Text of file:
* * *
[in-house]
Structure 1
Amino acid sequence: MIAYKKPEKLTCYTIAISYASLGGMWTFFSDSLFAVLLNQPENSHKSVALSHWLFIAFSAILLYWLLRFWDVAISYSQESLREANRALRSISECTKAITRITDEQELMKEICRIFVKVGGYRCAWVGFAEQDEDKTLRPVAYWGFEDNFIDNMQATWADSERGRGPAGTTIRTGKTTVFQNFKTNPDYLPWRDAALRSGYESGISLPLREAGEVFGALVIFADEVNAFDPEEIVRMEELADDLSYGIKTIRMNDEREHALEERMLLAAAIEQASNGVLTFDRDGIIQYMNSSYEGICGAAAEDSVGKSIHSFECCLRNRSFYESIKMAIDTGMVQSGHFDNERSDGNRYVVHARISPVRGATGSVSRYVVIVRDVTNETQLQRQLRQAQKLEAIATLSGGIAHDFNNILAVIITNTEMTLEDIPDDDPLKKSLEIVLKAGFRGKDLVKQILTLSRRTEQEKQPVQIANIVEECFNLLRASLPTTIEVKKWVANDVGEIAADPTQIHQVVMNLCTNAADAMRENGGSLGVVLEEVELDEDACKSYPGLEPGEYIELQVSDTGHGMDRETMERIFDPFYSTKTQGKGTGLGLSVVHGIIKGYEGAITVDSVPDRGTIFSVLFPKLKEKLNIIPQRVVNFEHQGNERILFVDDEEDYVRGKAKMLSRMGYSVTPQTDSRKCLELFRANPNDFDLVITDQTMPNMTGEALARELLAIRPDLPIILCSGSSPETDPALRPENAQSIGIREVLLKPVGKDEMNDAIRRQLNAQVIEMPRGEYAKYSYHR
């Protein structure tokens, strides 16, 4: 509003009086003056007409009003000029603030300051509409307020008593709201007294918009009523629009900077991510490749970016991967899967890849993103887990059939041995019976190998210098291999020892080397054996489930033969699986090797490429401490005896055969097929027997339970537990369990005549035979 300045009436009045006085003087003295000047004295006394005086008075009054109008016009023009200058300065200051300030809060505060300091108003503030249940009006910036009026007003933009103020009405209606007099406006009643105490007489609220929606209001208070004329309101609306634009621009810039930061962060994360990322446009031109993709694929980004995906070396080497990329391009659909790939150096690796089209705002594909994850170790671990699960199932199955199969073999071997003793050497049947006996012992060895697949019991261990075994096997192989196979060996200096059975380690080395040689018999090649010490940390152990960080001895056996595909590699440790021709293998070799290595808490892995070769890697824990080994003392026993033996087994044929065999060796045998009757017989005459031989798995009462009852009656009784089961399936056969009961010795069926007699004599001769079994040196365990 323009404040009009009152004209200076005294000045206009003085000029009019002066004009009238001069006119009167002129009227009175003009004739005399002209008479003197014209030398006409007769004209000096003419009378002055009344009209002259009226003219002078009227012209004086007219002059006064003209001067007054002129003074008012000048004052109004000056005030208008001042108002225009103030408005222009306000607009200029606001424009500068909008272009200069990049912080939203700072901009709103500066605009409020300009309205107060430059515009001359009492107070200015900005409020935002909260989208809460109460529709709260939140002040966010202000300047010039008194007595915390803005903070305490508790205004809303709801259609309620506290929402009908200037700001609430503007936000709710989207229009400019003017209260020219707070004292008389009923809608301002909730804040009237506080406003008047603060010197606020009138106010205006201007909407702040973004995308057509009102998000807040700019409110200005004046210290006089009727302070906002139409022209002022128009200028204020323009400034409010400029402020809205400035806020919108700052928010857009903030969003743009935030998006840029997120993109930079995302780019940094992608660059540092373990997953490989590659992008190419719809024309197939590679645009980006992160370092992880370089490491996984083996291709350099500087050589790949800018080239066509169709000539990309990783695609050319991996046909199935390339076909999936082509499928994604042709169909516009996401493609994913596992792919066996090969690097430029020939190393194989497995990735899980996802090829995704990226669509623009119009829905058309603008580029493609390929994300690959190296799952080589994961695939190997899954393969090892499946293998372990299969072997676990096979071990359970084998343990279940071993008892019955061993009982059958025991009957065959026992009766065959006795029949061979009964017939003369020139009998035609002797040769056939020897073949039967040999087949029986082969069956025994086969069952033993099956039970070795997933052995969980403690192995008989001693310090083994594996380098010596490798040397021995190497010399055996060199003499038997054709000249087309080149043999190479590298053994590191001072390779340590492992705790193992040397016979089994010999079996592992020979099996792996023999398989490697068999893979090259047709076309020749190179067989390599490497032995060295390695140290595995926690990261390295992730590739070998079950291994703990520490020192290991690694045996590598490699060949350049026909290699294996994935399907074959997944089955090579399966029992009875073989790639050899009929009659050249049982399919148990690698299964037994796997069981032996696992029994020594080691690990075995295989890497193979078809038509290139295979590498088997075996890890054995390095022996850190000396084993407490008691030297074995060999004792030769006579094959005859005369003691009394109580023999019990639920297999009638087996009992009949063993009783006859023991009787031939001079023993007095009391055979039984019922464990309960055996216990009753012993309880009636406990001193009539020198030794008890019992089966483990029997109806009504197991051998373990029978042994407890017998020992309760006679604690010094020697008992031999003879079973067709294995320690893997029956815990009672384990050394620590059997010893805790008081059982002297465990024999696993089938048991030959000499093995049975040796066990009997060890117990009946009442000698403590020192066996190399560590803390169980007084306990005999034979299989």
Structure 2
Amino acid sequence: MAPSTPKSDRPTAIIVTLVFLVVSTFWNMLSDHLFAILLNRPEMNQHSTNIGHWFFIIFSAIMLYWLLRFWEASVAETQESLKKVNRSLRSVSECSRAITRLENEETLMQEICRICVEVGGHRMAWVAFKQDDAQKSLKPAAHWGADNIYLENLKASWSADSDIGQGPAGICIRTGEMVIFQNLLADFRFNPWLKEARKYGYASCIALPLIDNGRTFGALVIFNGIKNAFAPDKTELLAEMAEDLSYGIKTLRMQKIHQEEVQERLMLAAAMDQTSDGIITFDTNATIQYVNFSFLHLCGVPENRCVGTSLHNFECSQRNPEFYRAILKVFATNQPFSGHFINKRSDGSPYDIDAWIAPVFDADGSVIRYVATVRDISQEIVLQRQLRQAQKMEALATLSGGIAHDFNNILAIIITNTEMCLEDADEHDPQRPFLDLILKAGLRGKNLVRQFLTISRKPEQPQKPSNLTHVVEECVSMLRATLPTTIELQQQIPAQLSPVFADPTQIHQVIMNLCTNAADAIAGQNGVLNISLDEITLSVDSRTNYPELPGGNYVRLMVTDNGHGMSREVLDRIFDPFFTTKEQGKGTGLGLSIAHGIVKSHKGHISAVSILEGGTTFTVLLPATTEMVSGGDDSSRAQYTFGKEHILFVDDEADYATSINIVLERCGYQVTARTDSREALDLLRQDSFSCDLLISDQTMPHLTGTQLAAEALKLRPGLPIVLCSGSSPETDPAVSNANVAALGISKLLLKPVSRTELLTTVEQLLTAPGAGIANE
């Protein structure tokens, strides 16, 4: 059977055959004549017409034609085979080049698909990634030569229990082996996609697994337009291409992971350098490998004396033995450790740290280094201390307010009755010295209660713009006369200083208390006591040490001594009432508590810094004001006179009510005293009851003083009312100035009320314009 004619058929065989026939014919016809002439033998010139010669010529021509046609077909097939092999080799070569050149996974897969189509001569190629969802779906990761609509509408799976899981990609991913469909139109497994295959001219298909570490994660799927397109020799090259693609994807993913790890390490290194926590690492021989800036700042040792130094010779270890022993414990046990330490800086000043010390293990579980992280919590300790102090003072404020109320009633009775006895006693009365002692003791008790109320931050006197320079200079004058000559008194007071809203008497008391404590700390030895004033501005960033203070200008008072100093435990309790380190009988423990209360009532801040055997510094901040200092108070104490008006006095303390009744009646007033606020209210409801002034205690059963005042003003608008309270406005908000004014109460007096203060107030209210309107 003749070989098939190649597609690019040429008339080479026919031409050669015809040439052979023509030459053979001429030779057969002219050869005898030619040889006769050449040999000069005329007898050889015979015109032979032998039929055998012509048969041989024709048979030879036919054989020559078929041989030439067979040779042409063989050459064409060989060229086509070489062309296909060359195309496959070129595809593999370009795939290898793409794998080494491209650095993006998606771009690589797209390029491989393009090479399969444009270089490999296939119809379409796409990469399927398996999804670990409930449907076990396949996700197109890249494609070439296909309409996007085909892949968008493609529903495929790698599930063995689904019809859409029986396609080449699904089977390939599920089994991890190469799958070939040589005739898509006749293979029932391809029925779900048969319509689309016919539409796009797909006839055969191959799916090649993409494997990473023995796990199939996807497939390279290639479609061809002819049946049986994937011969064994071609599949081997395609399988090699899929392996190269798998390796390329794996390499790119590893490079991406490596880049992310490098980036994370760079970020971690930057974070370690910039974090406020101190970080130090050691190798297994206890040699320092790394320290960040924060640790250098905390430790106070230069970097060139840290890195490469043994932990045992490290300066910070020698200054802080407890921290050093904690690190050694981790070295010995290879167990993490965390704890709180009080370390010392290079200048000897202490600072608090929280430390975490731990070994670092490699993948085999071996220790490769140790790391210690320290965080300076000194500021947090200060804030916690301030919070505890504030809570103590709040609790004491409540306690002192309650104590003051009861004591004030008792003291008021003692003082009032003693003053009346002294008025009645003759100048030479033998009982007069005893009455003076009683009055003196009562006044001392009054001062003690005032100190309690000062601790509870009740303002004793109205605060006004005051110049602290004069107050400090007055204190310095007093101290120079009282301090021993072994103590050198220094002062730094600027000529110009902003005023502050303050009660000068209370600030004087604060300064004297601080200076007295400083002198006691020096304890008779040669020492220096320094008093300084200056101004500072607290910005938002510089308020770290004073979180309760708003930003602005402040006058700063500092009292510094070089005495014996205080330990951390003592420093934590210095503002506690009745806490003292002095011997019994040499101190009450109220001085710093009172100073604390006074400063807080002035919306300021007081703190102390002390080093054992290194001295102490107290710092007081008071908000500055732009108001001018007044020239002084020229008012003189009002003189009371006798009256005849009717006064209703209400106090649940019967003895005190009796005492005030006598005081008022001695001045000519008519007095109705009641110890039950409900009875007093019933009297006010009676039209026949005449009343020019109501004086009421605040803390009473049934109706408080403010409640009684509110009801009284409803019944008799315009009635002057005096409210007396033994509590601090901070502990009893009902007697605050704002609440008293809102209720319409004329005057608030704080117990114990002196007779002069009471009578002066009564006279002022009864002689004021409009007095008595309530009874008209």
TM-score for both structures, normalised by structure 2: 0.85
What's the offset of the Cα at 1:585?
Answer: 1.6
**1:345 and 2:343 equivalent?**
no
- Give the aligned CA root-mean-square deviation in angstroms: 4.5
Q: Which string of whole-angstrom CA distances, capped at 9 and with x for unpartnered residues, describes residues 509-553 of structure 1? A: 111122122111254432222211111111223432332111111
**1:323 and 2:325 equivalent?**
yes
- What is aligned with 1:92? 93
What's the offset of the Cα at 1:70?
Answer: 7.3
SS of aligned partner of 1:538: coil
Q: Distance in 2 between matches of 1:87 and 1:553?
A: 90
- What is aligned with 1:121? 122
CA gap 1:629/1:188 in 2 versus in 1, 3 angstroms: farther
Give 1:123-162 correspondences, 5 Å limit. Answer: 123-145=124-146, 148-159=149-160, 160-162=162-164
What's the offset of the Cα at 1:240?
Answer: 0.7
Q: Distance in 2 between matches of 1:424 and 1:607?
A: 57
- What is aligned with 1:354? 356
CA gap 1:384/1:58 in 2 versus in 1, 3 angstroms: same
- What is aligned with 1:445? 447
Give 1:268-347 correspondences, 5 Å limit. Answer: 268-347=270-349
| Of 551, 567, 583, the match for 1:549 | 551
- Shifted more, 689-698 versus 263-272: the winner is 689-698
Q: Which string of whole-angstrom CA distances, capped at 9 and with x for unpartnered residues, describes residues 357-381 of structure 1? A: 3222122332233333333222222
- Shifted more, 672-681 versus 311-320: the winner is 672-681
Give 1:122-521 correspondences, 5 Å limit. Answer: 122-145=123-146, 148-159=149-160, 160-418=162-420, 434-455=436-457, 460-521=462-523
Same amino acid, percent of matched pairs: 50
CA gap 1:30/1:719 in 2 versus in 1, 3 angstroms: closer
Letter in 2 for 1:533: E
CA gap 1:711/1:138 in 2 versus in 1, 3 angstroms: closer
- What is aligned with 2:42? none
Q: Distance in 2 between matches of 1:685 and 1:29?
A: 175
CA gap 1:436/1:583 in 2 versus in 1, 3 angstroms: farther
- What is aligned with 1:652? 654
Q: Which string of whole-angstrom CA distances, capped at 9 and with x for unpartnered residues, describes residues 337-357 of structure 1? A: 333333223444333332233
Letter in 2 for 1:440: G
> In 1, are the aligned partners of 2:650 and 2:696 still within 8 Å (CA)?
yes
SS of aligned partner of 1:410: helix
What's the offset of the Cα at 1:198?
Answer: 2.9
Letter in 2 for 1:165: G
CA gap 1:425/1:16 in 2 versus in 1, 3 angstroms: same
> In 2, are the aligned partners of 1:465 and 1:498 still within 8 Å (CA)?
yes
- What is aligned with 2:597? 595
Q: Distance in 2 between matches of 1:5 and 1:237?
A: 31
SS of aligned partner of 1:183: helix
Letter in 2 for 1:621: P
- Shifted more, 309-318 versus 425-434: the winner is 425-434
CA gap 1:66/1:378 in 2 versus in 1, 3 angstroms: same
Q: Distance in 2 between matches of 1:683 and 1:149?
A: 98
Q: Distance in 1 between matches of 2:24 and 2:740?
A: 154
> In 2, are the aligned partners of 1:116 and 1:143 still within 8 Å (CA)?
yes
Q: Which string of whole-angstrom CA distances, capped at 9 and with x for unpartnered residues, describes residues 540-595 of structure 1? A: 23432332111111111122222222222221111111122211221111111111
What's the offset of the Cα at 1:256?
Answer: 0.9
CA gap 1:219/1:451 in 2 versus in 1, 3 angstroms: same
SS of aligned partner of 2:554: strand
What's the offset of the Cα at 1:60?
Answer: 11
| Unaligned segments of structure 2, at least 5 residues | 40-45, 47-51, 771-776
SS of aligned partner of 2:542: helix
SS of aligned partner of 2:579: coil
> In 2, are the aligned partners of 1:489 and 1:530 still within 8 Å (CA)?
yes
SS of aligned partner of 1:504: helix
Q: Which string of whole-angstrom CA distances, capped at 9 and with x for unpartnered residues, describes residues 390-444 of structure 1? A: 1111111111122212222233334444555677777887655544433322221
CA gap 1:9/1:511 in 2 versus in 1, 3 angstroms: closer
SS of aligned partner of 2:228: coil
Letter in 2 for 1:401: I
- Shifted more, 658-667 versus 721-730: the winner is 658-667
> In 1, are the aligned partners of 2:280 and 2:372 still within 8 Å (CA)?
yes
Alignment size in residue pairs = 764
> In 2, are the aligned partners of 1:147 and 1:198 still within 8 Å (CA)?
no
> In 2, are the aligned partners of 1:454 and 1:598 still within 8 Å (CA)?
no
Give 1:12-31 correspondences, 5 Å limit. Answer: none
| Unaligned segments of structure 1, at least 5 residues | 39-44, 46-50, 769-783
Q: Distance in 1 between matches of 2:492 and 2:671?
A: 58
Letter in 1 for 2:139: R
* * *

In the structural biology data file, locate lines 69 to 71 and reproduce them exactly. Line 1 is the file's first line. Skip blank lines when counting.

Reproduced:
A: 154
> In 2, are the aligned partners of 1:116 and 1:143 still within 8 Å (CA)?
yes